Royal New Zealand Air Force
no. 59 unit
no. 59 unit
No. 59, another mobile GCI unit, went overseas in November 1943 and was installed on Guadalcanal on the site of No. 52 to enable the latter's equipment to be overhauled. Flight Lieutenant Mercer, who had relieved Flight Lieutenant Mills some time before page 234 as OC No. 52 Unit, then took over command of No. 59. The unit was destined eventually for Bougainville, and while it was operating on Guadalcanal a party of three officers went to Torokina to select a site for it.
They chose the only position available, close by the newly formed fighter strip. It was by no means ideal as the surrounding area was heavily wooded, especially to the north-west, which was the direction from which Japanese aircraft generally approached. There was also a large ration dump in front of the position of the aerial; this caused interference until it was later partially removed.
After the return of the siting party, an advance party of two officers and nine other ranks, headed by Flight Lieutenant Goetz,1 went to Bougainville to study local conditions and prepare the camp and technical sites before the arrival of the unit. Goetz, when he arrived, was invited to act as a night-fighter controller with the Americans, and as the beach-head was under frequent bombing attacks, he gained a great deal of valuable operational experience.
The main party left Guadalcanal by sea with its equipment on 3 December and arrived at Torokina the next day. During the voyage one LST with men and equipment on board was hit by a torpedo during a night attack by enemy aircraft, but the torpedo did not explode. One of the attacking aircraft was destroyed by an American night fighter and exploded in mid-air. The American, who had come in too close for the kill, was caught in the explosion and his aircraft also blew up.
The party was the first RNZAF unit to be posted to Bougainville. It hoisted the RNZAF ensign over its camp for the first time on 6 December. Operations began on the 10th after considerable technical difficulties in the installation of equipment had been overcome. In spite of its unsatisfactory position the unit achieved remarkably accurate results. Controllers from the USMC and later the USAAC were allotted to work with it, as Goetz was the only New Zealander trained in the work. The first ‘touch-down’ (enemy aircraft shot down) was scored on the night of 15 December, when American night fighters shot down one confirmed and claimed two probables. During the first fortnight, when Japanese air activity over the beach-head was at its height, bombs were several times dropped close to the radar and the camp but no damage was done to the equipment. In the same period the area was shelled three times by Japanese batteries and there were several severe earthquakes. Another ‘touch-down’ was made on the night of 1–2 January. By this time all the controllers had directed night fighters on to a number of enemy aircraft.page 235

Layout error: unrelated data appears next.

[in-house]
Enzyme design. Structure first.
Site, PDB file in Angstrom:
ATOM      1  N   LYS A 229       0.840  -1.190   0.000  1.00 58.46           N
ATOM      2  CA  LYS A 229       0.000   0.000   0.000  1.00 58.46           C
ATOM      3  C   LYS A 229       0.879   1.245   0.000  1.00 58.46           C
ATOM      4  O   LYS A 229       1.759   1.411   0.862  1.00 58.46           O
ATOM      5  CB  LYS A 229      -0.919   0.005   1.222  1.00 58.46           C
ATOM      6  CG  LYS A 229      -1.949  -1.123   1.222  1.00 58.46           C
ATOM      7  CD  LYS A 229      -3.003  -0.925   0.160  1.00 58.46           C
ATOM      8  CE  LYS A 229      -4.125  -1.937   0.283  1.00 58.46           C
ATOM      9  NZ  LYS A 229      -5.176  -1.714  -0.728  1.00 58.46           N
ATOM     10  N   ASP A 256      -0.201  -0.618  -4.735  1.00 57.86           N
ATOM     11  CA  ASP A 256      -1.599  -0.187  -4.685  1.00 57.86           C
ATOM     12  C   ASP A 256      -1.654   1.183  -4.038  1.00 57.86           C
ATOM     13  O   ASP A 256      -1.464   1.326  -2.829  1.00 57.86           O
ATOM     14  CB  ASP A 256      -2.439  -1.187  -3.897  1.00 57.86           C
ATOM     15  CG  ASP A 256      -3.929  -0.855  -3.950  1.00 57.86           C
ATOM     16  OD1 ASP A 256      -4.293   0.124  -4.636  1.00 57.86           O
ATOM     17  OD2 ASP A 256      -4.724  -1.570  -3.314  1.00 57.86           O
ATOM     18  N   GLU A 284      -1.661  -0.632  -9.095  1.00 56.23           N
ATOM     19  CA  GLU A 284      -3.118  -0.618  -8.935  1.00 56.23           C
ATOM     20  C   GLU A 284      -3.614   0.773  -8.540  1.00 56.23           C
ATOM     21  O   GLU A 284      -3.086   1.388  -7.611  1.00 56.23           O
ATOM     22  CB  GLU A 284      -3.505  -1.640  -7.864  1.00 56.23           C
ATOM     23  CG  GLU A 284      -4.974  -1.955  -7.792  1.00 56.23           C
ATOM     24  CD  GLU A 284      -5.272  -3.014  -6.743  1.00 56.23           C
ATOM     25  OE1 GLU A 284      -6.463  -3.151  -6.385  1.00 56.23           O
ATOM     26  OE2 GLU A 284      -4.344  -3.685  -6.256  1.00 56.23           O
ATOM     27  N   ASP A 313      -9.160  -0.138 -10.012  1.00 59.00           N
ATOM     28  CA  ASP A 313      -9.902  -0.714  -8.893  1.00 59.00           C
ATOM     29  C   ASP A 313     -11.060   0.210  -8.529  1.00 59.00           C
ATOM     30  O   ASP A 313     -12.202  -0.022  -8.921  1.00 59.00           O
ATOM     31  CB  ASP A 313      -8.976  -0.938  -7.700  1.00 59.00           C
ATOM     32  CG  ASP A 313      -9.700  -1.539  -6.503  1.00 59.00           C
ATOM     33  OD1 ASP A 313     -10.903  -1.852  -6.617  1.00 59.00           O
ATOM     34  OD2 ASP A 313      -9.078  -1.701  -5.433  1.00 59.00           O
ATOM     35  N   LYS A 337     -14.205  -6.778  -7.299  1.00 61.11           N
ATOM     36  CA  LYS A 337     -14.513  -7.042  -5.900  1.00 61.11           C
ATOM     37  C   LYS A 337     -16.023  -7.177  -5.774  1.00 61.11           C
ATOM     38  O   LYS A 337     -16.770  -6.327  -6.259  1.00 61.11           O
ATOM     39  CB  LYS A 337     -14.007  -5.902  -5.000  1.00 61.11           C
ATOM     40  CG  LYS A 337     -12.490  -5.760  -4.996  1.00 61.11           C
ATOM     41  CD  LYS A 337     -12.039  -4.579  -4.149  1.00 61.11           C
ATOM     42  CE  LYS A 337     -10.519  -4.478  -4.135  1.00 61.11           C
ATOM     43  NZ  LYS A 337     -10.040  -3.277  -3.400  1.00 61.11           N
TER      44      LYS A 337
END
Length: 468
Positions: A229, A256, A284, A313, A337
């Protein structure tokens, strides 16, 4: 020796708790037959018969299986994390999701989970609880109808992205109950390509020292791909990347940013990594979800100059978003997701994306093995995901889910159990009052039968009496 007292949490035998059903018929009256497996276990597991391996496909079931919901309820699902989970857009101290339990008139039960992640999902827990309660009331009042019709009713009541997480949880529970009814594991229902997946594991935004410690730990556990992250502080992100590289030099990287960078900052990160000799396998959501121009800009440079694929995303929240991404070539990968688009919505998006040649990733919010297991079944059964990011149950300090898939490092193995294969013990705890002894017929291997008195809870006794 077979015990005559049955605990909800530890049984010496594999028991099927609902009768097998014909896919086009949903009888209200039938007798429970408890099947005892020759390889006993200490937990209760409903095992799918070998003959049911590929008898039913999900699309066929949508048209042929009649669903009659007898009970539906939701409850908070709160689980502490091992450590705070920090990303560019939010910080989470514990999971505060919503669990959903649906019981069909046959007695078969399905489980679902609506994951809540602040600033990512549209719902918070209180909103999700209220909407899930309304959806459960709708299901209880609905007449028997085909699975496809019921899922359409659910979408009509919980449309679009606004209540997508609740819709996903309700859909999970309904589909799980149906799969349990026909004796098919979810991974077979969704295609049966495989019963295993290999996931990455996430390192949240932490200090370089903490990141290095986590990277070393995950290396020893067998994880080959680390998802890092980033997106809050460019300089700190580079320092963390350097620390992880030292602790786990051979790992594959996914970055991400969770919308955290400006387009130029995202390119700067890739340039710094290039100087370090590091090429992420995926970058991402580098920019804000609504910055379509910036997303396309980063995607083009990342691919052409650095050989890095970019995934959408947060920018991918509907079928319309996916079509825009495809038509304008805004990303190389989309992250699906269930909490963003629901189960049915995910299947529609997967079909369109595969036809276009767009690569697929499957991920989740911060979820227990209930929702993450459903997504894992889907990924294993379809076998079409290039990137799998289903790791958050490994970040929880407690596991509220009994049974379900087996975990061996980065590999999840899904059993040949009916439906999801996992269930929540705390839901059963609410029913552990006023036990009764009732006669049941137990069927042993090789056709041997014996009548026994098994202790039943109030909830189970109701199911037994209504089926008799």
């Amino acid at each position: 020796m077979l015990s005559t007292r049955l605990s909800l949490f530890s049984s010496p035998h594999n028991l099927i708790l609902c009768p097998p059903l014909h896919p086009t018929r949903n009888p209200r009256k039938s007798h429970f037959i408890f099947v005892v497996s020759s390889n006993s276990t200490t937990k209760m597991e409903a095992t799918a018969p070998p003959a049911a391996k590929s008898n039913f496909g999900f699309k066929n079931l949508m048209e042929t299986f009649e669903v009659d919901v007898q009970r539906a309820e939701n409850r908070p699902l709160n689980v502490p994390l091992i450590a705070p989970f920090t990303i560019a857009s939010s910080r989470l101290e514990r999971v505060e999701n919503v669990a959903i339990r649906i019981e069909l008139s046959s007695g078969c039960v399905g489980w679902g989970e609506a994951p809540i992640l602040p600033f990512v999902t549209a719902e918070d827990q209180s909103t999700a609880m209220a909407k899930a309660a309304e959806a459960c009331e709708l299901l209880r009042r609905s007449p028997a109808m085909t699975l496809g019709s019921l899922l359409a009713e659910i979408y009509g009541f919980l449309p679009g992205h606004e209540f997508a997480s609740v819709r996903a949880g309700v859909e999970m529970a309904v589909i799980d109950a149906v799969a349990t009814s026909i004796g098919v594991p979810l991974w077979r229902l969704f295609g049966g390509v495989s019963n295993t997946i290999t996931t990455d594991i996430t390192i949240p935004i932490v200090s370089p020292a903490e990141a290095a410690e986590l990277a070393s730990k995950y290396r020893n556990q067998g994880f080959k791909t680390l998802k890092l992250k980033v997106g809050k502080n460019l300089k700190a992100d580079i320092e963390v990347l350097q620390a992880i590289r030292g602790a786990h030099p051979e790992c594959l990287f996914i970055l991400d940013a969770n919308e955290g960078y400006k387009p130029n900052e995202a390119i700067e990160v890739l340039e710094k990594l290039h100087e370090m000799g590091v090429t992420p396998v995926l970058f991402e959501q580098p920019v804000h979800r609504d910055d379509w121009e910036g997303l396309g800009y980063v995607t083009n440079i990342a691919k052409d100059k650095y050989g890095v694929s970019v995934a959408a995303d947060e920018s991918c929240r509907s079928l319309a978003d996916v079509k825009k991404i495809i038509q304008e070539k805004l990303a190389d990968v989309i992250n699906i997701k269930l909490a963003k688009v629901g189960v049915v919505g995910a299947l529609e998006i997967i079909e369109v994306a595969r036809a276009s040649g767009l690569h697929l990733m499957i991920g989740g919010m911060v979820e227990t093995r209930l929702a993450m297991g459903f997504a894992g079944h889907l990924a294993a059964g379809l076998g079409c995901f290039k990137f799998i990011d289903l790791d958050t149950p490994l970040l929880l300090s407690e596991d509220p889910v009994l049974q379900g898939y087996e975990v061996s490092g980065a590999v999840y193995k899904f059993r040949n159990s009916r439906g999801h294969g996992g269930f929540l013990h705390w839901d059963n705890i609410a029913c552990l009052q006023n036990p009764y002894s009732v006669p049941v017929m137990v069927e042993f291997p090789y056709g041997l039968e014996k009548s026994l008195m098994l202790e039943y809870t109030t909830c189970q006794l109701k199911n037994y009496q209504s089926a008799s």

In night fighting, contacts with the enemy were either radar contacts or visual. In the former the fighter was directed by the ground station into such a position that he was able to pick up the enemy on his airborne radar screen. In the latter, which occurred on clear nights, he was directed close enough to see the enemy.
The Japanese made constant use of ‘window’—metal strips which were dropped from the aircraft. This practice, which had been developed in the European theatre, confused the readings on the ground radar screen and enabled a number of aircraft to escape detection.
Early in January 1944 No. 59 Unit moved to a new position on the top of Cape Torokina, the move resulting in a great improvement in the range at which the equipment could pick up hostile planes. During the month the unit recorded 103 enemy aircraft, of which twenty-four were contacted by American fighters. The total shot down as a result of the unit's activities up to the end of the month was five confirmed and two probables.
After the middle of February Japanese air activity practically ceased except for an occasional ‘snooper’ on moonlight nights. The unit continued to operate from Cape Torokina, achieving its share of success against such planes as did come over, until the beginning of August when it handed over to an American unit and returned to New Zealand. By that time it had been responsible for the detection of a dozen enemy aircraft destroyed and eight probably destroyed, as well as a number damaged.